GOOD

Professional Surfer Morgan Sliff Makes Waves in Male-Dominated Waters

She’s advocating for more equality in the sport for female surfers.

Nestled in a cozy café in Hermosa Beach, California, professional surfer Morgan Sliff is just a few days shy of completing 1,000 consecutive days of surfing.

Over coffee and a veggie sandwich, she’s eager to share stories of the struggles and triumphs women face on the quest for “stoke” (a term surfers use to express their passion for the sport) — from the over-sexualized images of female surfers in magazines in an already male-dominated sport, to the unexpected strength that can be found within the sisterhood of female surfers.


She recalls a particular surf session in which her determination was tested when she was the only woman among dozens of men in the water.

“I look around and there are thirty guys out there, and I don’t see one girl,” she recalls. “Some guy starts paddling in front of me for a wave and I have priority, [but] he’s not even thinking that I can catch it because I’m a girl.”

She explains that she has found herself in that frustrating situation so many times that it hardly even bothers her anymore. Her advice for female surfers in the same spot?

“Expect to have to stand your ground, stand up for yourself, and demand respect,” she says.

Photo by Paul Roustan.

Despite the abundance of sexist advertisements in the surf industry and the handful of men who claim waves that are not their own, female surfers celebrate their place in the lineup. Rather than focusing on horror stories of gender inequality and mistreatment of women in the surf, Sliff reveals an uplifting theme in the surfing world: the sisterhood of female surfers.

She loves to see a lineup sprinkled with fellow strong, female surfers.

“You see girls out there [and] you feel the comradery, so it’s exciting to see them in the water, and to just look over and be like, ‘I got you, sister,’” says Sliff.

Even in the competitive division, rather than tearing down other female surfers, Sliff celebrates unique, feminine surf styles and hopes to soon see larger audiences at women’s competitions. “There are so many amazing, talented women surfers out there, and let’s face it, we all want to watch girls surf … Girls have this really beautiful fluidity,” she says.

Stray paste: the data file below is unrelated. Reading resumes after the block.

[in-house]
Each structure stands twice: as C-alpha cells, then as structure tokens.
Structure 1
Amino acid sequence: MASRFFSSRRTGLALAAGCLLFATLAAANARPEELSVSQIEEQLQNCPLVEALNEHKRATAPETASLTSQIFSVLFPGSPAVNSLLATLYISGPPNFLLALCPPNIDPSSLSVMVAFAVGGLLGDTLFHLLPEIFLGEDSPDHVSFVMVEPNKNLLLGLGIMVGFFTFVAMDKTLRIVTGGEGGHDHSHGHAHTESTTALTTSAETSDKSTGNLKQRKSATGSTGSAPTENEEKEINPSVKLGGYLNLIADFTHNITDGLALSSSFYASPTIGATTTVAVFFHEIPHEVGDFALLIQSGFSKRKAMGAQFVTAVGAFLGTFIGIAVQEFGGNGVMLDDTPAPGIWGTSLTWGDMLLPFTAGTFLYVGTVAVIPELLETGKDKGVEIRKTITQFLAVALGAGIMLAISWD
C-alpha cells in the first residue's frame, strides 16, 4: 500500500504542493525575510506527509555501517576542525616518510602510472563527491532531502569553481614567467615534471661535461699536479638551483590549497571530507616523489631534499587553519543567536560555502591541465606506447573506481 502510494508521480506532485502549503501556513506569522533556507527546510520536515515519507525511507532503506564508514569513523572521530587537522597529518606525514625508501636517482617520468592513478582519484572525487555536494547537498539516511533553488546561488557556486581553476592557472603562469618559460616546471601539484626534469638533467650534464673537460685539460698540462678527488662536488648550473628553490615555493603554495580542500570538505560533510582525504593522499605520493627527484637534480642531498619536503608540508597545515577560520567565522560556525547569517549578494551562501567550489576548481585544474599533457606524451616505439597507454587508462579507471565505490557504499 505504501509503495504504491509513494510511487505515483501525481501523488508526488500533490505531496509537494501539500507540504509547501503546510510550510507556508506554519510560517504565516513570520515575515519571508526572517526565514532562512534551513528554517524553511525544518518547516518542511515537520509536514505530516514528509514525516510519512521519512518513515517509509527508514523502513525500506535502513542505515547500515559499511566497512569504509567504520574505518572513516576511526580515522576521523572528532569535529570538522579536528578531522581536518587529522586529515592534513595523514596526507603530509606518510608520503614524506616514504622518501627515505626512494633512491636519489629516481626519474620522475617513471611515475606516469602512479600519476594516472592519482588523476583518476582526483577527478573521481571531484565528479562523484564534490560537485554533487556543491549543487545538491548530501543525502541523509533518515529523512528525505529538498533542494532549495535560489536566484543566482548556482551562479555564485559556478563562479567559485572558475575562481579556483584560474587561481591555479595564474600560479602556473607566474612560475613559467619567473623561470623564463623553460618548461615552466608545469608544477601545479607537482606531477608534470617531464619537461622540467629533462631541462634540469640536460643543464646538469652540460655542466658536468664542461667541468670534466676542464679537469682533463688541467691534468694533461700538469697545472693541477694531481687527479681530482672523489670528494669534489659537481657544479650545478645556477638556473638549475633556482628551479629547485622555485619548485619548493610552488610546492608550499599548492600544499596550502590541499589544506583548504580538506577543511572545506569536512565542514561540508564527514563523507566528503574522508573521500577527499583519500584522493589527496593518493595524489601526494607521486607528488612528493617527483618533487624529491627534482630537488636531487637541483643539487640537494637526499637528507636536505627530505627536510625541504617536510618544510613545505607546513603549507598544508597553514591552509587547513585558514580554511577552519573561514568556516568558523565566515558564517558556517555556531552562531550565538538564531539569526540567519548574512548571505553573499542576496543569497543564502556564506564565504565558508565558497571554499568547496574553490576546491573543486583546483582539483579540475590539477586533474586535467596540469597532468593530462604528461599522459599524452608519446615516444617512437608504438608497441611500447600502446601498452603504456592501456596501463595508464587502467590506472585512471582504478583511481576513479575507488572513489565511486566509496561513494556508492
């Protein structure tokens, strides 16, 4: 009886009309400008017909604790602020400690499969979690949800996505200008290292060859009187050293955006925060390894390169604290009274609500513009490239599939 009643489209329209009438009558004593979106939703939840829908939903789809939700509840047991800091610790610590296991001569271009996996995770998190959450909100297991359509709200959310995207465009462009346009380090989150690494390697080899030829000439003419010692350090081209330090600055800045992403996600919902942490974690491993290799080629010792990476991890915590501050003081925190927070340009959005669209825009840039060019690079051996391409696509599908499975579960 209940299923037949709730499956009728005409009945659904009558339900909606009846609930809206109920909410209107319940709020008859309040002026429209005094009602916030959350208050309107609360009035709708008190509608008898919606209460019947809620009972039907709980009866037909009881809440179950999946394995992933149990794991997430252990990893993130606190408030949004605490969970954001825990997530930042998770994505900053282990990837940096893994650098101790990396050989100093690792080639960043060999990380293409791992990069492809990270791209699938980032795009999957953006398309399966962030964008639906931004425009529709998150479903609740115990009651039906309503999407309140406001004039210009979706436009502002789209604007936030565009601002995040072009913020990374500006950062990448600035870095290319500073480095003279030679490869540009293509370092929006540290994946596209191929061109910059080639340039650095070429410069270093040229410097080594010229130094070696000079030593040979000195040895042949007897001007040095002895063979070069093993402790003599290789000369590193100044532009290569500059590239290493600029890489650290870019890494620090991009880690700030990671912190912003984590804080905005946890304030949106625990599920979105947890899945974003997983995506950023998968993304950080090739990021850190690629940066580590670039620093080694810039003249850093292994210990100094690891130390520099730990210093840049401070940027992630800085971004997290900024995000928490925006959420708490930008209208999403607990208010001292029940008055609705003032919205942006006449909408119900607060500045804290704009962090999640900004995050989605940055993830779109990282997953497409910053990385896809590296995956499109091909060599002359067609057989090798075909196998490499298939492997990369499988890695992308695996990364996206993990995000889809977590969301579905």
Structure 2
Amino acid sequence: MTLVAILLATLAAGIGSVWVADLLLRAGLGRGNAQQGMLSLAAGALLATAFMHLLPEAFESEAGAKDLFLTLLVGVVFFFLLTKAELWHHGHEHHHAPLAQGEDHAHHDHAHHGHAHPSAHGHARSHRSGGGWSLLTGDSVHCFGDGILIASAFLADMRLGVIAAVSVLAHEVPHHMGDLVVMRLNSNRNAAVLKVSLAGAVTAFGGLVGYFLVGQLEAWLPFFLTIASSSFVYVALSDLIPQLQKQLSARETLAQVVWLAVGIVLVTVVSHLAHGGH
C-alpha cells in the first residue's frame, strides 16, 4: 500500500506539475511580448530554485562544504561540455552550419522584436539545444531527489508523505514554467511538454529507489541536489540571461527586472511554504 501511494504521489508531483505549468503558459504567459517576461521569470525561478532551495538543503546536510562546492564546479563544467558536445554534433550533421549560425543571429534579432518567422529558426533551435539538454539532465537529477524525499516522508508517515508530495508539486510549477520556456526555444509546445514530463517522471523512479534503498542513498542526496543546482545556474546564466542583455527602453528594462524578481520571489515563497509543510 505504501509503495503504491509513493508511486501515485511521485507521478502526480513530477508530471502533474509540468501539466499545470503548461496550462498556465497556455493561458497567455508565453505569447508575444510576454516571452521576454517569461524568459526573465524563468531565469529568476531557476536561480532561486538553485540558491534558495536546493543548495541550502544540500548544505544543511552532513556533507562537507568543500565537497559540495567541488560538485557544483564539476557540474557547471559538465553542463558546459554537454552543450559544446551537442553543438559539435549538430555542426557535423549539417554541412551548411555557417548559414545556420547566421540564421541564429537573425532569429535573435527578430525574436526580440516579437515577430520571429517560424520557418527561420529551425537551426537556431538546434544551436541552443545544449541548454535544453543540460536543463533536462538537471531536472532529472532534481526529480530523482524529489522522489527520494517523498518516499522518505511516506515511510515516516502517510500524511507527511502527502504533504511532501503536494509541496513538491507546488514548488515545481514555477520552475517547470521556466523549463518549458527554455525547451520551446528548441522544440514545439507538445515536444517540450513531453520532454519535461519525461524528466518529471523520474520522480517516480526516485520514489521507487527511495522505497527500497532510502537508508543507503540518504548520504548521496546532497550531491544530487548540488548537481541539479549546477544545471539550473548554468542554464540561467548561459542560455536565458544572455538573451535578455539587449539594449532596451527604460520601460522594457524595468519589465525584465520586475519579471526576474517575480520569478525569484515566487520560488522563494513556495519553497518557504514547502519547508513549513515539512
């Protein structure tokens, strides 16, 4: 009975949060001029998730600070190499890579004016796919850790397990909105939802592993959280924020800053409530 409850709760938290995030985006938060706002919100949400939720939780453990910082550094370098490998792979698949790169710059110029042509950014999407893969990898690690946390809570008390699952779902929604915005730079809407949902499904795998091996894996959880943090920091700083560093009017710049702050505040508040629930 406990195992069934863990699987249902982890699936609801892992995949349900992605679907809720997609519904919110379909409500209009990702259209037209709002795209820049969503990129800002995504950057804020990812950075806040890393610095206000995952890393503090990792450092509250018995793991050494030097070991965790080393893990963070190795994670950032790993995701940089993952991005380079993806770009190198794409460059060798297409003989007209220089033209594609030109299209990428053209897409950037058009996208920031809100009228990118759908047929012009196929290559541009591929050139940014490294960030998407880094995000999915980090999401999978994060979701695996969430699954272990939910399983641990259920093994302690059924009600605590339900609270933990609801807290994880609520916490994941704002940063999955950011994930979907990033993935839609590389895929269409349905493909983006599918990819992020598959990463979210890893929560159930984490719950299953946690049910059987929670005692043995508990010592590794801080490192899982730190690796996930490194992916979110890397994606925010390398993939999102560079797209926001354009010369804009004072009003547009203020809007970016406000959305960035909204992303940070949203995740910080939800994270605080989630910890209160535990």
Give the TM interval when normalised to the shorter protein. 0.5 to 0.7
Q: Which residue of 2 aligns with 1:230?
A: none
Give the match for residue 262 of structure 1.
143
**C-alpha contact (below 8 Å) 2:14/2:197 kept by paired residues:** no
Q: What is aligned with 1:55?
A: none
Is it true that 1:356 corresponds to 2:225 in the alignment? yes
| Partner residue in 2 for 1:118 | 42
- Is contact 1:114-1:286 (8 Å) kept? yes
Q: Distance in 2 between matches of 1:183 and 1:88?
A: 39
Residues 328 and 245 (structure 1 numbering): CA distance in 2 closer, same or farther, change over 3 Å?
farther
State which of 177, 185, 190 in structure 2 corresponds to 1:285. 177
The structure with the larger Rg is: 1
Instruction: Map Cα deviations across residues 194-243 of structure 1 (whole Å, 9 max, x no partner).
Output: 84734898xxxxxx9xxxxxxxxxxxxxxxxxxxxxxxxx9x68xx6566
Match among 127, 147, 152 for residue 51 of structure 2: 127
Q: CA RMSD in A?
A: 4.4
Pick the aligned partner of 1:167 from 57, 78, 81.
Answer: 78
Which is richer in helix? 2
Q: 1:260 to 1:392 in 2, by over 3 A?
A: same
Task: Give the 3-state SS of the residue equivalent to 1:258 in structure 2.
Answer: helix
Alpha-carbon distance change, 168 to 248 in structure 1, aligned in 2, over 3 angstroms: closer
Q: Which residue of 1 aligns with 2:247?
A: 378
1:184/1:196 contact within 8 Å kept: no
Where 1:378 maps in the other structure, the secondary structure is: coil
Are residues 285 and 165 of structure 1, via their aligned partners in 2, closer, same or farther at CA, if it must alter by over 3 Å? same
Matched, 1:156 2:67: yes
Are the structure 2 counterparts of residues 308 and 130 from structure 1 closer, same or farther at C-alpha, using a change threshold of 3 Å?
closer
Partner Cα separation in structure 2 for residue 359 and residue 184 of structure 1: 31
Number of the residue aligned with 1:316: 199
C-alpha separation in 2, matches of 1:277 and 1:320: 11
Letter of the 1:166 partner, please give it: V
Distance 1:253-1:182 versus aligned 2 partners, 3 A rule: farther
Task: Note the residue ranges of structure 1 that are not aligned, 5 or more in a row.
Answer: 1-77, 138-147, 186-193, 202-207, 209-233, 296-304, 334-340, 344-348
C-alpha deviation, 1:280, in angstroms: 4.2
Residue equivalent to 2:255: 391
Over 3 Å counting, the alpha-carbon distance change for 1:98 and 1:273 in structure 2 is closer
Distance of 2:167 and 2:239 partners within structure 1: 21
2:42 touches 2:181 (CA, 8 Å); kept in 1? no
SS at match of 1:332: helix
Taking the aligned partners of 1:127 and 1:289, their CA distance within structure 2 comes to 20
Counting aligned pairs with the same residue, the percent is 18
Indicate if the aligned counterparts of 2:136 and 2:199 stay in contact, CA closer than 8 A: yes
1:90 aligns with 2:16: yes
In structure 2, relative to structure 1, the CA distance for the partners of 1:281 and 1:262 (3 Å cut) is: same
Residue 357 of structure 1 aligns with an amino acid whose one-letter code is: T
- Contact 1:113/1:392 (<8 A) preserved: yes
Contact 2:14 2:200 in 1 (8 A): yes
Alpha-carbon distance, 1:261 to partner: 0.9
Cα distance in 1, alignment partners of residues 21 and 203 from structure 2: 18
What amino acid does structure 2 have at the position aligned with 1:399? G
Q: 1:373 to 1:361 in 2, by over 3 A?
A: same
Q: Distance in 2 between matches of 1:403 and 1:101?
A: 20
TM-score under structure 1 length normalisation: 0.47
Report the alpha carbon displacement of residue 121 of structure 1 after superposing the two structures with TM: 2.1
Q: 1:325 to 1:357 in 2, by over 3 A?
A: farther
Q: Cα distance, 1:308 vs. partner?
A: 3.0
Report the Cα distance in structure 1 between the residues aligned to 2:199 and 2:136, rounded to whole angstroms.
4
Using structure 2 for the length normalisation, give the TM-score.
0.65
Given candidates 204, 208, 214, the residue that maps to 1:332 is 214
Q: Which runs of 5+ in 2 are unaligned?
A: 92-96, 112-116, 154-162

In fact, Sliff fell in love with surfing after watching other women in the water. She named her grandmother, godmother, and the women from the movie “Blue Crush” as her biggest influences in surfing. As a child, she looked up to Keala Kennelly, Layne Beachley, Rochelle Ballard, and Kassia Meader, all of whom she describes as “really powerful women who inspired [her] from a young age.”

While at times it may seem as though a “no girls allowed” sign is planted on the shore, there is a wide-open opportunity to create a positive community of supportive, powerful women surfers in this male-dominated sport.

Sliff suggests female surfers look for other women out in the lineup and strike up a conversation. Perhaps hinting at our chat in the café, she adds with a smile: “A conversation never hurts.”

Sports

Childbirth is the number one reason American women visit the hospital, and it ain't cheap. In fact, it's getting more and more expensive. A new study published in Health Affairs found that the cost of having a baby with employer-sponsored health insurance increased by almost 50% in the past seven years.

The study evaluated "trends in cost-sharing for maternity care for women with employer-based health insurance plans, before and after the Affordable Care Act," which was signed into law in 2010. The study looked at over 657,061 women enrolled in large employer-sponsored health insurance plans who delivered babies between 2008 and 2015, as these plans tend to cover more than plans purchased by small businesses or individuals.

Keep Reading

Cancer is still the second leading cause of death after heart disease for both men and women. The American Cancer Society predicts that 2020 will bring almost 1.8 million new cancer cases and 600,000 cancer deaths, but there's also some good news. The American Cancer Society recently published a report in CA: A Cancer Journal for Clinicians stating the U.S. cancer death rates experienced the largest-single year decline ever reported.

Between 2016 and 2017, cancer death rates fell by 2.2%. While cancer death rates have been steadily falling over the past three decades, it's normally by 1.5% a year. Cancer death rates have dropped by 29% since 1991, which means that there have been 2.9 million fewer cancer deaths in the past three decades than there would have been if the mortality rate had remained constant.

Keep Reading
Health

In order to celebrate the New York Public Library's 125th anniversary, the library announced a list of the top 10 most checked out books in the library's history. The list, which took six months to compile, was determined by a team of experts who looked at the "historic checkout and circulation data" for all formats of the book. Ezra Jack Keats's "The Snow Day" tops the list, having been checked out 485,583 times through June 2019. While many children's books topped the top 10 list, the number one choice is significant because the main character of the story is black. "It's even more amazing that the top-ranked book is a book that has that element of diversity," New York Public Library President Anthony W. Marx said.

Keep Reading
Design